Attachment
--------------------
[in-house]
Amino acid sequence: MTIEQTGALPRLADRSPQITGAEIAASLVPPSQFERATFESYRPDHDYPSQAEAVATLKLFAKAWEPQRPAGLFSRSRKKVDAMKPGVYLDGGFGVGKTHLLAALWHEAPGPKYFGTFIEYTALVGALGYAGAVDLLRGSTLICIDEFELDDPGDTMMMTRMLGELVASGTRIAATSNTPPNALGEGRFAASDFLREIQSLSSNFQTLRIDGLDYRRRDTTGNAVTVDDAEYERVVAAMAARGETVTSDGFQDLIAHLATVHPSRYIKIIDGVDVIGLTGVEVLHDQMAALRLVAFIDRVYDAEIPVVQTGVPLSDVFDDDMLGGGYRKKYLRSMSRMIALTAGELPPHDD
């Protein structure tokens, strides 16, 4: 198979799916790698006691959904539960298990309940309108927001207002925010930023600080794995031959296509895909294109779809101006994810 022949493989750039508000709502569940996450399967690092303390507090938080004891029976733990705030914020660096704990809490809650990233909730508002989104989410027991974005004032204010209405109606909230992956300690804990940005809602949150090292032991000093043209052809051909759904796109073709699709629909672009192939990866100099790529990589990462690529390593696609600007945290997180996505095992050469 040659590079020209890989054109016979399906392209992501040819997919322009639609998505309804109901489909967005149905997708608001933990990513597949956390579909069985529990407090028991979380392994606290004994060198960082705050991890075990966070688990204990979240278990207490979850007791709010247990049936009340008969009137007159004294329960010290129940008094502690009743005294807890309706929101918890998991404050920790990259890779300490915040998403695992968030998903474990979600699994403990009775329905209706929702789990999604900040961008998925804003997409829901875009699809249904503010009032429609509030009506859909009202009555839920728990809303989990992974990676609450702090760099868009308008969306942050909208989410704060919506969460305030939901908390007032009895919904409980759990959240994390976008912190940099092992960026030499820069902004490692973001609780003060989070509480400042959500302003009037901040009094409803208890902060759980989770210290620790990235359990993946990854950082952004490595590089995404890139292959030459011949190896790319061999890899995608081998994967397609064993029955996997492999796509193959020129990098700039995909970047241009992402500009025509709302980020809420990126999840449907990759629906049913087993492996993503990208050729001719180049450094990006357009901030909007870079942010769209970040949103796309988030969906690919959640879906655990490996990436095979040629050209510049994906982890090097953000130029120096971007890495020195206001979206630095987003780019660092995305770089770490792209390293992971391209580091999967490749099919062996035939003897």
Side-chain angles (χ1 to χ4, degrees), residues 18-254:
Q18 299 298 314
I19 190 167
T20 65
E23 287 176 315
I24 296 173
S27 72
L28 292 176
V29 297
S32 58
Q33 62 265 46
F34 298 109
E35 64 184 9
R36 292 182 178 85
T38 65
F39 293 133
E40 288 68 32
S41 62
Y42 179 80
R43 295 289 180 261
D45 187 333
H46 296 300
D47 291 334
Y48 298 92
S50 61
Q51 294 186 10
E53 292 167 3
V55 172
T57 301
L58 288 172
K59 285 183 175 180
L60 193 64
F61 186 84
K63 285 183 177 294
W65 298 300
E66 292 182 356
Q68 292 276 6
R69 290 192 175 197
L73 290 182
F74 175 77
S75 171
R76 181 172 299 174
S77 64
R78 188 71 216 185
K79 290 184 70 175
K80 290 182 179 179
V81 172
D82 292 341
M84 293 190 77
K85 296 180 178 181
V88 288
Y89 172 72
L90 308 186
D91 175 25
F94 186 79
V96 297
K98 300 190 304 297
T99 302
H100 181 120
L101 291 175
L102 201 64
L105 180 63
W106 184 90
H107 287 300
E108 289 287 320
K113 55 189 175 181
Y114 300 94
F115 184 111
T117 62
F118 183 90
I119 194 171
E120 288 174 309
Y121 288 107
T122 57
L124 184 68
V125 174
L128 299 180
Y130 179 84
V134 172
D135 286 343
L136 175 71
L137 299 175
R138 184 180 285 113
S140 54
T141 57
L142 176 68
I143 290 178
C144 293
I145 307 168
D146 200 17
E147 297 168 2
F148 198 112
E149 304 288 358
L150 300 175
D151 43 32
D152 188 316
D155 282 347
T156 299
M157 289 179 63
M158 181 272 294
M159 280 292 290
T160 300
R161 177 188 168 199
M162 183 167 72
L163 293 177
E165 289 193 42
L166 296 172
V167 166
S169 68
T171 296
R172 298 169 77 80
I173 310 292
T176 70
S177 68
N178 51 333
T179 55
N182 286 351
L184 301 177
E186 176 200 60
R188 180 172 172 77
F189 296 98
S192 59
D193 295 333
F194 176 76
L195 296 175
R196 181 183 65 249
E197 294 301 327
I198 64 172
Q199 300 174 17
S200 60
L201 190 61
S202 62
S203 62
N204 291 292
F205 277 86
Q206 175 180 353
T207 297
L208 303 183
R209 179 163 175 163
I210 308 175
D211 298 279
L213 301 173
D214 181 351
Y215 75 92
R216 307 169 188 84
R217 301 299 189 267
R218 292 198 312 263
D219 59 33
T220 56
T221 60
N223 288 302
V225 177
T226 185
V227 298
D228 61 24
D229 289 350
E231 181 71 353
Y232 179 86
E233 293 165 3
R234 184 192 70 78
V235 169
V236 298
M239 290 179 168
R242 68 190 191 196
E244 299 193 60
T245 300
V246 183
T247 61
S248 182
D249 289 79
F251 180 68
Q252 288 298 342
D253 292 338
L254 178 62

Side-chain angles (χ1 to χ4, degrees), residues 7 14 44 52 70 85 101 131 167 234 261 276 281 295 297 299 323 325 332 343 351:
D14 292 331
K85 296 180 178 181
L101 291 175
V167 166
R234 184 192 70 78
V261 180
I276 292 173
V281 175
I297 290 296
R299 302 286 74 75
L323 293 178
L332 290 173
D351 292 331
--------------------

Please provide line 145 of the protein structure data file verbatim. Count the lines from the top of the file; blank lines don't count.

L213 301 173